"We must move beyond the Indian Act and we must affirm our Crown-First Nation relationship," he said during a speech on the first day of the Special Chiefs Assembly in Ottawa. "This 19th-century relic continues to hold us back in delivering better lives for our peoples." 
~   Source: Huffington Post/CBC

As is generally the case, we will have to lead our governments, and not follow them. Not blame one another for the systemic ignorance, but simply continue to communicate the several sides of history and reality to one another, and continue building solidarity and cohesion in spite of Stephen Harper and his spiritual kin. 

context: deflecting censure from FedGov + DeBeers 


dealing with comments about attawapiskat
As the person on the ground, the elected leader, Chief Theresa Spence has come under personal attack by many in the media, and this was, I humbly suggest, Stephen Harper's intent. Effective diversion, creating noise and confusion to dissipate the very direct and palpable truths confronting him, that for whatever reasons, he chooses not to respond to in a human-to-human way.

I further suggest that the leadership that the voices of Attawapiskat First Nation women, children, and men have been providing, whistle-blowers on behalf of the entire country, have the resonance of truth that is both direct and intuitive, and will stand under scrutiny far better than the ill-intended approach of the current Prime Minister.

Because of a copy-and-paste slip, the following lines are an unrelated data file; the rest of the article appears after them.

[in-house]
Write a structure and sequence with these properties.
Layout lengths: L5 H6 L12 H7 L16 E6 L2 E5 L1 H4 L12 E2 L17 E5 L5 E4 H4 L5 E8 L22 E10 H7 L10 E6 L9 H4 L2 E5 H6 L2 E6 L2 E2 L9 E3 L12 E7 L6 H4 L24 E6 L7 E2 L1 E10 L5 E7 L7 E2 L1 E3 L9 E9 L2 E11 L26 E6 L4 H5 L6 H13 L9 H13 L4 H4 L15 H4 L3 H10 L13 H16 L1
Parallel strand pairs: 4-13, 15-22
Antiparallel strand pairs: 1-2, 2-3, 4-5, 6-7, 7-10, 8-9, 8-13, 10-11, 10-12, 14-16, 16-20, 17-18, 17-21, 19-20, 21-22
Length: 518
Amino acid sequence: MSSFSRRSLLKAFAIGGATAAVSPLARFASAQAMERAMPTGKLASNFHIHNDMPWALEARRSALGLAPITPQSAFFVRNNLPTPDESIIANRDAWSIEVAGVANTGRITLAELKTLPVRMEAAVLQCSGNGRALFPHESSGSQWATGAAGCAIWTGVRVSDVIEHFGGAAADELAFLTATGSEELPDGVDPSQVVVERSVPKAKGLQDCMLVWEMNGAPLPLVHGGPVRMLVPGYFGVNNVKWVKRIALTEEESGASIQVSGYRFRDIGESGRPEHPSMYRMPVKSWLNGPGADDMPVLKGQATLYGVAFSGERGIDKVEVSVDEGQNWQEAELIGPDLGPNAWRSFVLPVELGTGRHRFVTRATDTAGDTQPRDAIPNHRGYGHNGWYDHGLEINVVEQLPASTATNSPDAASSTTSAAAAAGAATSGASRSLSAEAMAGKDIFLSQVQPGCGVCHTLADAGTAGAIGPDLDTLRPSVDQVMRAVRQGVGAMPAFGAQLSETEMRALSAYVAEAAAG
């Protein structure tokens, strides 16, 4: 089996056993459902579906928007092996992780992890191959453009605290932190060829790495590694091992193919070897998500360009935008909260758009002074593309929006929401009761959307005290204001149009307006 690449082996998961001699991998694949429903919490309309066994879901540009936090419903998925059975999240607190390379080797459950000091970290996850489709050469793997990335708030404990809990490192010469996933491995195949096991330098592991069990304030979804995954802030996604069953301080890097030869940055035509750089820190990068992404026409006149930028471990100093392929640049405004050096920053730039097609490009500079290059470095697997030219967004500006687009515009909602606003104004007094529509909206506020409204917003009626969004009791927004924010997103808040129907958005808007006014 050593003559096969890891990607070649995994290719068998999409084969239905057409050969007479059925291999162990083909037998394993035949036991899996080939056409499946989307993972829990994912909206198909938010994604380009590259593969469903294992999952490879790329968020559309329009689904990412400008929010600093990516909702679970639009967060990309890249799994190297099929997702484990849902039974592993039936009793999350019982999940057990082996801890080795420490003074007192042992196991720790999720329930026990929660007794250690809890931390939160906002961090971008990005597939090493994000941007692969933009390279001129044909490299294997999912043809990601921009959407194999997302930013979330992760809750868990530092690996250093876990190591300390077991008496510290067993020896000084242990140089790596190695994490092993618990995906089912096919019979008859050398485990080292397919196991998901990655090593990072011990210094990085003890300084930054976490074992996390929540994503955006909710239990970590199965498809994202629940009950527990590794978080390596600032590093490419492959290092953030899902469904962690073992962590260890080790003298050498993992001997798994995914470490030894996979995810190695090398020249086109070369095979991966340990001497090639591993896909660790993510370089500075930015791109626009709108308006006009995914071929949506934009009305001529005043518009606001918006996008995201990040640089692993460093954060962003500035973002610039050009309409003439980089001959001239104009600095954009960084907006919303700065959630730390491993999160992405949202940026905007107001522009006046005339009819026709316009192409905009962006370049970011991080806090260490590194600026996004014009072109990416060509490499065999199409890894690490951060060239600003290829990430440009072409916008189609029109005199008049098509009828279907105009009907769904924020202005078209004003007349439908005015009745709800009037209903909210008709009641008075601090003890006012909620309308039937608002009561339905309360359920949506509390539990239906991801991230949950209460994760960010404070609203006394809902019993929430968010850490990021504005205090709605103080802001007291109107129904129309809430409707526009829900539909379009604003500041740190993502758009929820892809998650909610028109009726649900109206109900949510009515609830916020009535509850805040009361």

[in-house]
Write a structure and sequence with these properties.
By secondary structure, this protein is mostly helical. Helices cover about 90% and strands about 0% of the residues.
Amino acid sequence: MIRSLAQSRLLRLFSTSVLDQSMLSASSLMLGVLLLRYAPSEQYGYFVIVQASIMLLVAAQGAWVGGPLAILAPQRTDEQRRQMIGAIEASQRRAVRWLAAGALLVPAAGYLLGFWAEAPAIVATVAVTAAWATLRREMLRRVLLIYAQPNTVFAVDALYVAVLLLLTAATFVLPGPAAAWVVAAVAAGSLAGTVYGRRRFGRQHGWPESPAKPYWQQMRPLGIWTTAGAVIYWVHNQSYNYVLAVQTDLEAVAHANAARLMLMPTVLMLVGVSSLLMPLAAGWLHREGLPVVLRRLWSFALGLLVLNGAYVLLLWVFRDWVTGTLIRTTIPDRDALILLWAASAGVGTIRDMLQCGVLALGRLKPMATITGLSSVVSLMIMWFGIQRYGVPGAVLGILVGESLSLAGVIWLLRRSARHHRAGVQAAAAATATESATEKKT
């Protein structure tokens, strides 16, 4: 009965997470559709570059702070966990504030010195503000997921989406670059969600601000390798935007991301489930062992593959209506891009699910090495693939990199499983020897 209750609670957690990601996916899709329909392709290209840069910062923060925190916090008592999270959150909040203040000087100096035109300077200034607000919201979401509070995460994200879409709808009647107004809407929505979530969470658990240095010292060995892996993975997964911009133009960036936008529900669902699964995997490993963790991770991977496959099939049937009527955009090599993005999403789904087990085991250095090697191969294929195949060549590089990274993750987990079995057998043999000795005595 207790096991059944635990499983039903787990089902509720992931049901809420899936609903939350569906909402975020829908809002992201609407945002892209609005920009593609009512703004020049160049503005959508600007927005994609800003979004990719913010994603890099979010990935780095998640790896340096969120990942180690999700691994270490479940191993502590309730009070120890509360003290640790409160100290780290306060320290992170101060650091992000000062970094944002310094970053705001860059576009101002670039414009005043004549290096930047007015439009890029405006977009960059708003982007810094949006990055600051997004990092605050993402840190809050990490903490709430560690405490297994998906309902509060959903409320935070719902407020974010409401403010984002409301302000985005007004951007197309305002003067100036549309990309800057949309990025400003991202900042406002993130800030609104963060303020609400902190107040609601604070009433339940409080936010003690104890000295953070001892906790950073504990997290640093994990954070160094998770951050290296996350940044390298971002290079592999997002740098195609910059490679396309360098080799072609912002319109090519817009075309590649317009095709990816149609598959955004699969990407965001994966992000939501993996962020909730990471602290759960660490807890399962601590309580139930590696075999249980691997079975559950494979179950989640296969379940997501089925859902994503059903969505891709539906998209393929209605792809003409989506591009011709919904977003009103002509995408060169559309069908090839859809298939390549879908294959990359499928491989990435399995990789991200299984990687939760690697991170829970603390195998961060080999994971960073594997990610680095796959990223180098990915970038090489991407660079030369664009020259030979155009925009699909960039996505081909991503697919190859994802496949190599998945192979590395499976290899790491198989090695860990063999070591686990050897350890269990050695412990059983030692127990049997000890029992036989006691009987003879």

Saturday, 10 December 2011

Mothers in Community

2007 AMCS Benefit

Back in 1995, I had a book of essays & nonfiction stories published, and the fall-out was so extreme, I didn't attempt to write or publish another nonfiction piece for a full ten years. Of course, I didn't notice that i was not writing essays and stories, only flinched away from the prospect, without any awareness that i was doing so, in a systemic way. This allowed me to not notice the pain that was associated with the fall-out: preserving the peace, as it were.

In 2005, a younger writer approached me to write something for a book of essays by and about mother writers, a collection that she would be co-editing with two other literary writer mums. She re-invited me a few times, often enough that I finally began to take the possibility of my participating in the project seriously. (Oh, you mean me?) Writing the essay took a few months, and was quite a joy to do: it turns out that I had a whole lot to say on this topic! I was reminded how much I enjoyed writing nonfiction, weaving my anecdotal wealth into a larger something more

After I sent off my unwieldly draft essay for editorial comment, I came across a call for essays for an anthology, by/for/about indigenous mothers. This was a high interest area for me, and although I had a lot of work that might fit, I wanted to write to the theme, another new essay, for this audience. I wrote up my pitch and sent it off. The proposal was soon accepted, and I wrote my first draft, from a very intimate place, then sent it off to my friend Micheline for comments.  Mich came back with many interesting questions, and so the essay grew, and filled out in detail. It was soon submitted, and published in the intended collection.